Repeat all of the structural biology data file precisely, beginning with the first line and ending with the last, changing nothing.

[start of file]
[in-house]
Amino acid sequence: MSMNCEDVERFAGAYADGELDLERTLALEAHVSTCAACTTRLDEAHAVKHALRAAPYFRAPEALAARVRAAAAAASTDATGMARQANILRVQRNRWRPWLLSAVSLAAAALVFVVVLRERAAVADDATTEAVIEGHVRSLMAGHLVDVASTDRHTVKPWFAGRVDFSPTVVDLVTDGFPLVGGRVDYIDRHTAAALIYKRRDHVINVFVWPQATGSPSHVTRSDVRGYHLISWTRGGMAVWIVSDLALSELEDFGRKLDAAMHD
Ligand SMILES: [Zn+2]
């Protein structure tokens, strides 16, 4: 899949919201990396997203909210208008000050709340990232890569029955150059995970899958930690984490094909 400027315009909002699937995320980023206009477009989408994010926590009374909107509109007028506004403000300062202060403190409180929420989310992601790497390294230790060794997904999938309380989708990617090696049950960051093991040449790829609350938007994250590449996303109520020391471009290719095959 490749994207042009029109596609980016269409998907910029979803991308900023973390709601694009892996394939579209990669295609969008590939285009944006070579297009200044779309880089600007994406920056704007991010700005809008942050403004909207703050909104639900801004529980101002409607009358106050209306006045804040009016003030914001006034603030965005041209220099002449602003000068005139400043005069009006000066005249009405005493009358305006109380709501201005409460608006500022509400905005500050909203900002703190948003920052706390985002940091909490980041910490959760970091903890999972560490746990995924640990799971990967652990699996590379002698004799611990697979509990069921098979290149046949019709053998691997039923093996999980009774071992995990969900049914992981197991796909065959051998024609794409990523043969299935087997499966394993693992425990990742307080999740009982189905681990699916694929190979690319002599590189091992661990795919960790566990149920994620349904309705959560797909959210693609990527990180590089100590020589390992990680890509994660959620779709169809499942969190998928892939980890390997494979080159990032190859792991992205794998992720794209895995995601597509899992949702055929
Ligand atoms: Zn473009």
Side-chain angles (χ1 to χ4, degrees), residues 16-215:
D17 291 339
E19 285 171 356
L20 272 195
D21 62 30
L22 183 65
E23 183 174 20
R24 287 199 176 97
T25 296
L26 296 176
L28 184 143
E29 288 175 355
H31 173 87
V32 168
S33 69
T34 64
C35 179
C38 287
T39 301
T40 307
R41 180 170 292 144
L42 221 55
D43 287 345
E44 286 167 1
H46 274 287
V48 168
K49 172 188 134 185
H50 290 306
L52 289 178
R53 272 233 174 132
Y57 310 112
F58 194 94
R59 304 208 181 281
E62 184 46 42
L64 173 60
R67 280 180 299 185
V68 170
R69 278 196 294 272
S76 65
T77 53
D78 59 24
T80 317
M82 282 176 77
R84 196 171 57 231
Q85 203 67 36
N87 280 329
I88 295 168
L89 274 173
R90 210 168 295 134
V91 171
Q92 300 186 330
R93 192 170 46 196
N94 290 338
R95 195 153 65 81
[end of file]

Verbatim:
[in-house]
Amino acid sequence: MSMNCEDVERFAGAYADGELDLERTLALEAHVSTCAACTTRLDEAHAVKHALRAAPYFRAPEALAARVRAAAAAASTDATGMARQANILRVQRNRWRPWLLSAVSLAAAALVFVVVLRERAAVADDATTEAVIEGHVRSLMAGHLVDVASTDRHTVKPWFAGRVDFSPTVVDLVTDGFPLVGGRVDYIDRHTAAALIYKRRDHVINVFVWPQATGSPSHVTRSDVRGYHLISWTRGGMAVWIVSDLALSELEDFGRKLDAAMHD
Ligand SMILES: [Zn+2]
């Protein structure tokens, strides 16, 4: 899949919201990396997203909210208008000050709340990232890569029955150059995970899958930690984490094909 400027315009909002699937995320980023206009477009989408994010926590009374909107509109007028506004403000300062202060403190409180929420989310992601790497390294230790060794997904999938309380989708990617090696049950960051093991040449790829609350938007994250590449996303109520020391471009290719095959 490749994207042009029109596609980016269409998907910029979803991308900023973390709601694009892996394939579209990669295609969008590939285009944006070579297009200044779309880089600007994406920056704007991010700005809008942050403004909207703050909104639900801004529980101002409607009358106050209306006045804040009016003030914001006034603030965005041209220099002449602003000068005139400043005069009006000066005249009405005493009358305006109380709501201005409460608006500022509400905005500050909203900002703190948003920052706390985002940091909490980041910490959760970091903890999972560490746990995924640990799971990967652990699996590379002698004799611990697979509990069921098979290149046949019709053998691997039923093996999980009774071992995990969900049914992981197991796909065959051998024609794409990523043969299935087997499966394993693992425990990742307080999740009982189905681990699916694929190979690319002599590189091992661990795919960790566990149920994620349904309705959560797909959210693609990527990180590089100590020589390992990680890509994660959620779709169809499942969190998928892939980890390997494979080159990032190859792991992205794998992720794209895995995601597509899992949702055929
Ligand atoms: Zn473009």
Side-chain angles (χ1 to χ4, degrees), residues 16-215:
D17 291 339
E19 285 171 356
L20 272 195
D21 62 30
L22 183 65
E23 183 174 20
R24 287 199 176 97
T25 296
L26 296 176
L28 184 143
E29 288 175 355
H31 173 87
V32 168
S33 69
T34 64
C35 179
C38 287
T39 301
T40 307
R41 180 170 292 144
L42 221 55
D43 287 345
E44 286 167 1
H46 274 287
V48 168
K49 172 188 134 185
H50 290 306
L52 289 178
R53 272 233 174 132
Y57 310 112
F58 194 94
R59 304 208 181 281
E62 184 46 42
L64 173 60
R67 280 180 299 185
V68 170
R69 278 196 294 272
S76 65
T77 53
D78 59 24
T80 317
M82 282 176 77
R84 196 171 57 231
Q85 203 67 36
N87 280 329
I88 295 168
L89 274 173
R90 210 168 295 134
V91 171
Q92 300 186 330
R93 192 170 46 196
N94 290 338
R95 195 153 65 81